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Objective: Several investigational monoclonal antibody (mAb) therapies have Emergency Use Authorizations (EUA) for the treatment of mild to moderate coronavirus disease 2019 (COVID-19). In well-designed randomized clinical trials (RCTs), mAb therapies have demonstrated a reduction in the progression to hospitalization and death in high-risk individuals. This study assessed the real-world efficacy of treatment with mAb therapy during a time with a high percentage of the Alpha variant circulating.
Methods: We performed a prospective study looking at the progression to hospitalization in a high-risk treatment population that qualified for mAb therapy under the current EUA and that consented to have their viral isolates undergo whole genome sequencing (WGS) to assess for the presence of genetic variants. A total of 125 patients consented to participate and ultimately 81 participants that both had obtainable sequence data and completed follow-up were included in the final analysis. Based on the risk profile of these participants we anticipated a >10% hospitalization without therapy and a 70-80% reduction based on prior RCTs. Five of the 81 patients (6%) were hospitalized despite monoclonal antibody therapy. The most common variant was Alpha (n=66, 81%), followed by other unknown variants (n=6, 7%), Iota (n=3, 4%), Epsilon (n=2, 2%), Gamma (n=2, 2%), and no variant detected (n=2, 2%).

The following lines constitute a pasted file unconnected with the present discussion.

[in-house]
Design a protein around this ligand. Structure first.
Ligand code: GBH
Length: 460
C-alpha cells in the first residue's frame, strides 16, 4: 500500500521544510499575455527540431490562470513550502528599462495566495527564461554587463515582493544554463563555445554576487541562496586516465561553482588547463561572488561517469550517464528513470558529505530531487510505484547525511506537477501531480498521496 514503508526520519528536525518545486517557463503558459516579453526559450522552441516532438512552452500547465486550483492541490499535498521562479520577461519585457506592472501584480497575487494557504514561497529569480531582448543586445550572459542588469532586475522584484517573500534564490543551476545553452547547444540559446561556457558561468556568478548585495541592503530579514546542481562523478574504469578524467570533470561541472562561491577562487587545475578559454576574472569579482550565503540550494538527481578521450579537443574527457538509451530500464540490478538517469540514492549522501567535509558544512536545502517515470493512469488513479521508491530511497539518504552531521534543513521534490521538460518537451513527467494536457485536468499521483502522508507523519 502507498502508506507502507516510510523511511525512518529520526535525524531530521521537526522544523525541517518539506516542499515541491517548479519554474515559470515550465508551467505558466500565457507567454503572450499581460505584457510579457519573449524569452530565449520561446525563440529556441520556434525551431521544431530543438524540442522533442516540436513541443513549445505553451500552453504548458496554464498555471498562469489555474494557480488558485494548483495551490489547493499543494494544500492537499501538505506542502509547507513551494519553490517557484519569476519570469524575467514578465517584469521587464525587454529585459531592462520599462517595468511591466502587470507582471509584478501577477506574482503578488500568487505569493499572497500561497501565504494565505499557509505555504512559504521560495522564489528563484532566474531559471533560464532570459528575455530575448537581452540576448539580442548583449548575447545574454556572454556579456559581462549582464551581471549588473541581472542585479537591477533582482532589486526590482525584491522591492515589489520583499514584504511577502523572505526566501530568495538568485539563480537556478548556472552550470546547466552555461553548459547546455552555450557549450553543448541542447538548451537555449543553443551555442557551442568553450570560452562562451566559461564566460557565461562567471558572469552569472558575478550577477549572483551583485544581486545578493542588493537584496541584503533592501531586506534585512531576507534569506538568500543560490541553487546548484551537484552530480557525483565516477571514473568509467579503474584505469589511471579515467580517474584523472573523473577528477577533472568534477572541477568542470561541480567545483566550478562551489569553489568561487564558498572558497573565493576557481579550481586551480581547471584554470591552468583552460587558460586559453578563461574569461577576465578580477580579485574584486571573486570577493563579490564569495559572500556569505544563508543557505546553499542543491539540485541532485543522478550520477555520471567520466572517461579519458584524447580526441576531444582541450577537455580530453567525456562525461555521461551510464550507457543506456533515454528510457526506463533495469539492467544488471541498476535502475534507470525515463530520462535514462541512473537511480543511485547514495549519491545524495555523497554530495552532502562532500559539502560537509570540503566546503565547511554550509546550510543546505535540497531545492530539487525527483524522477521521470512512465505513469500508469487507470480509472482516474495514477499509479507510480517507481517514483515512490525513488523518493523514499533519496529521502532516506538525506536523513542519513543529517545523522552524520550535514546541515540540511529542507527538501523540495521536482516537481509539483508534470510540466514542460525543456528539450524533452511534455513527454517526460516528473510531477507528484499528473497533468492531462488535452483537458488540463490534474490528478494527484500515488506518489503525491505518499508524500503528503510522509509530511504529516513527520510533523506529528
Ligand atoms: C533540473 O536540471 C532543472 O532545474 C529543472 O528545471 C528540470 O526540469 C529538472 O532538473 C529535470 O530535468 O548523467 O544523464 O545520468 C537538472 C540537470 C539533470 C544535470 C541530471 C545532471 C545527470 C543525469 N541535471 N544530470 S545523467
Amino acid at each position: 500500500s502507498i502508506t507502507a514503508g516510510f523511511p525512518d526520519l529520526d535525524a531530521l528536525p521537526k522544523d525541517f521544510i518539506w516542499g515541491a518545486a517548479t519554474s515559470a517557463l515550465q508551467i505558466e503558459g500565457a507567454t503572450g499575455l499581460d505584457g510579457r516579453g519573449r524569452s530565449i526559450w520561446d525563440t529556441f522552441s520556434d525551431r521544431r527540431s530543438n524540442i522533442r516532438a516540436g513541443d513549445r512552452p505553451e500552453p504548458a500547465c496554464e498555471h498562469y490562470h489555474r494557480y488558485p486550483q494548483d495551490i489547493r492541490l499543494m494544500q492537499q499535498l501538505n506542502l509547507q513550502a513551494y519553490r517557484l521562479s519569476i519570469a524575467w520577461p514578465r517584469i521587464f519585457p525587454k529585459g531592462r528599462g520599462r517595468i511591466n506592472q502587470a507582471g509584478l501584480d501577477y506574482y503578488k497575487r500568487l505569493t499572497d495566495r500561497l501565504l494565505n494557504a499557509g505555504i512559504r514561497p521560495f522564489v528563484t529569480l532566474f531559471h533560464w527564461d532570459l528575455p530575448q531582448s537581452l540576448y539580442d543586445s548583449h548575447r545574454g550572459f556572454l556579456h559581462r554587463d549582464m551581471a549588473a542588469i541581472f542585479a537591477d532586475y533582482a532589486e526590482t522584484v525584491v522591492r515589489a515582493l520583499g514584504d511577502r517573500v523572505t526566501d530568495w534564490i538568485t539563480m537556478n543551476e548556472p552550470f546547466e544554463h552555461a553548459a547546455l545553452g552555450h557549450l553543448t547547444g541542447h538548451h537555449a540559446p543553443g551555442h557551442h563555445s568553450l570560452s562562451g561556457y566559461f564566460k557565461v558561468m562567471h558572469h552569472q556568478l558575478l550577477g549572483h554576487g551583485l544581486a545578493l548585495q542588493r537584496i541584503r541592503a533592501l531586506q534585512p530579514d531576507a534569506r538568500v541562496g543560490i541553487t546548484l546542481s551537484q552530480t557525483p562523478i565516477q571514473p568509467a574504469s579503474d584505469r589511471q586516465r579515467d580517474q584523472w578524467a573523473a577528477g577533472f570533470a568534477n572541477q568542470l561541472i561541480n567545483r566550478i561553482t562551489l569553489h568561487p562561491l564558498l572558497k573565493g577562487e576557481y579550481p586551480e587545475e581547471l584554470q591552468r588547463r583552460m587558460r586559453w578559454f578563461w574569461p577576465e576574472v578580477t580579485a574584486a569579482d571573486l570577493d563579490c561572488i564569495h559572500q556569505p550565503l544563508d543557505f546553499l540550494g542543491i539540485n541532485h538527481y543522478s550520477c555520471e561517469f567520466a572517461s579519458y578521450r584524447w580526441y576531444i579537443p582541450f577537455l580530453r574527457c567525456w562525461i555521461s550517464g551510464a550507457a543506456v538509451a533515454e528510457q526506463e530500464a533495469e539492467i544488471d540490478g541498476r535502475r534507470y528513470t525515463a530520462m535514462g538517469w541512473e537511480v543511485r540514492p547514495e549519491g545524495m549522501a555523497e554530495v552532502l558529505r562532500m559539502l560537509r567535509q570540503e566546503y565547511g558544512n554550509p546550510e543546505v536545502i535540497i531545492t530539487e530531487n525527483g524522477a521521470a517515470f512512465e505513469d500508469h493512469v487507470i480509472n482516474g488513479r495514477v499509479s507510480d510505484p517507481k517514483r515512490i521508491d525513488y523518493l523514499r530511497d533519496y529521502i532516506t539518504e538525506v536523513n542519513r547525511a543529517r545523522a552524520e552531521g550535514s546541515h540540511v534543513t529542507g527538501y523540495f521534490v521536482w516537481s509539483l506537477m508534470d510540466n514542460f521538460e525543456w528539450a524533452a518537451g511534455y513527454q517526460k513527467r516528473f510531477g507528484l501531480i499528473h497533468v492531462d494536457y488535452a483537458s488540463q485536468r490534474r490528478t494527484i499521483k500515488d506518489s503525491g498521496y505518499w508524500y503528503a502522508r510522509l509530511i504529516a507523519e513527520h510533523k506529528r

Conclusion: Monitoring of the local variants, proper procurement decisions regarding specific mAb treatment effective against circulating variants and following real world efficacy has the potential to positively impact the use of mAb therapies. Future studies are needed to assess the efficacy of different mAb treatment results in real world settings with various SARS-CoV-2 variants, various treatment delays and various populations.
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